Additive Manufacturing Industry News | Week 04 | 2023

Weekly News (25)

Chinmay Saraf

Technical Writer, AM Chronicle
Chinmay Saraf is a scientific writer living in Indore, India. His academic background is in mechanical engineering, and he has substantial experience in fused deposition-based additive manufacturing. Chinmay possesses an M.Tech. in computer-aided design and computer-aided manufacturing and is enthusiastic about 3D printing, product development, material science, and sustainability. He also has a deep interest in “Frugal Designs” to improve the present technical systems.

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The round up of last weeks additive manufacturing news includes partnership between Shree Rapid Technologies and API Metrology; joining of APM with Formlabs and Imaginarium as value added reseller; workshop on 3D printing at Dubai Chamber of Digital Economy and development of  rotational multi material 3D printing method for creating helical filaments by Harvard University. 

Shree Rapid Technologies announces partnership with API Metrology in India 

Shree Rapid Technologies (SRT) is a leading 3D Printing and 3D Scanning solutions providers in India. SRT is proud to announce the partnership with the Pune based API Metrology India, a subsidiary of Automated Precision Inc.

Imaginarium and Formlabs Announce APM as a Value Added Reseller

New Delhi based 3D scanner solution provider, APM has joined the Formlabs and Imaginarium VAD Ecosystem as a value added reseller.

Dubai Chamber of Digital Economy held Workshop to address challenges of 3D printing sector 

Dubai Chamber of Digital Economy, one of the three chambers operating under Dubai Chambers, has organised an interactive workshop for representatives of leading 3D printing companies to discuss challenges and opportunities, and set recommendations to boost the sector’s competitiveness and potential for growth.

Harvard University Researchers Developed a Rotational Multimaterial 3D Printing Method for Creating Helical Filaments

Researchers from the Harvard John A. Paulson School of Engineering and Applied Sciences and the Wyss Institute for Biologically Inspired Engineering at Harvard University have developed a rotational multimaterial 3D printing method for creating helical filaments.

The inks are then fed through a complex nozzle that allows multiple materials to be printed simultaneously. As the nozzle rotates and translates, the extruded inks form a filament with embedded helical features

US Navy installs on board the first Phillips Additive Hybrid metal 3D printing solution powered by Meltio and Haas

The Spanish multinational Meltio together with Phillips Corporation have worked together to install for the first time on a US Navyship a metal 3D printing solution for the onboard manufacture of spareparts and repairs.

Energy companies set out to standardize digital supply of spare parts

ConocoPhillips, Equinor, Shell,TotalEnergies and VårEnergi- together with the software company Fieldnode have shown a firm commitment to develop a digital foundation to build a network for supply of spare parts produced on demand through additive manufacturing technology for energy companies.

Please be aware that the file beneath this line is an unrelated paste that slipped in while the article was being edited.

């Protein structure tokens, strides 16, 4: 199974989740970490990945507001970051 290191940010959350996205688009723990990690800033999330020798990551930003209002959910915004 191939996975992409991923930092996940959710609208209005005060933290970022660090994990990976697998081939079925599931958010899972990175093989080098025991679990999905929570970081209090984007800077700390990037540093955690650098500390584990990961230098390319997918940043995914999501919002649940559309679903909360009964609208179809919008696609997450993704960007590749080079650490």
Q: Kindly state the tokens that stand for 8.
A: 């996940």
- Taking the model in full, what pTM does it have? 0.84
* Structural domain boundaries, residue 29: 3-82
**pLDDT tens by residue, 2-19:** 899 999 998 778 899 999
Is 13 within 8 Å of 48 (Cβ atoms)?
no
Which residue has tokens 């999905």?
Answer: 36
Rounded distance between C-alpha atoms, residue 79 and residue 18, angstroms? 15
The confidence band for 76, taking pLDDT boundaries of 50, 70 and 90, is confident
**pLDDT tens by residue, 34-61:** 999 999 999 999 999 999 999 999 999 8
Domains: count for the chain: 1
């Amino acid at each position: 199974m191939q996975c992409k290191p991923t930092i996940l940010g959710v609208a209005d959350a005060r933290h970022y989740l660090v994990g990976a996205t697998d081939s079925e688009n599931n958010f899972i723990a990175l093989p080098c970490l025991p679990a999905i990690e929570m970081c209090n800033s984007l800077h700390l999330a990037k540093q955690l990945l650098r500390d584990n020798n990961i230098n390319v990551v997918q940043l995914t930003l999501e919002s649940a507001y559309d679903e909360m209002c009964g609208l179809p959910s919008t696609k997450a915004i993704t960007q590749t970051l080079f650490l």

Babcock engineers first 3D metal parts for British Army to tackle obsolescence

The first 3D metal printed parts to be used across the British Army’s active armoured fleets have been manufactured and fitted by defence company, Babcock International Group (Babcock).

DITF & Arburg in Germany partner for developing efficient 3D printing process for bio-based fiber composites 

German Institutes of Textile and Fiber Research (DITF), together with Arburg GmbH + Co KG, are developing an energy- and material-efficient 3D printing process for manufacturing of lightweight bio-based fiber composites. 

Rogers Corporation and Fortify Joint Agreement to Promote 3D Printing Technology 

Rogers Corporation and 3D Fortify Inc. entered into an expanded agreement to jointly promote Fortify’s 3D printing equipment and Rogers’ 3D printable materials to further develop the use of additively manufactured parts for electronic and, more specifically, RF/Microwave components.

AddUp releases a new material for tooling manufacturers 

The AddUp group releases a recipe for shaping AISI 420 steel, commonly used in the field of plastic injection, can now be used for additive manufacturing. AISI 420 steel will enable tooling manufacturers to develop new, more complex, and more efficient molds.

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Chinmay Saraf

Technical Writer, AM Chronicle
Chinmay Saraf is a scientific writer living in Indore, India. His academic background is in mechanical engineering, and he has substantial experience in fused deposition-based additive manufacturing. Chinmay possesses an M.Tech. in computer-aided design and computer-aided manufacturing and is enthusiastic about 3D printing, product development, material science, and sustainability. He also has a deep interest in “Frugal Designs” to improve the present technical systems.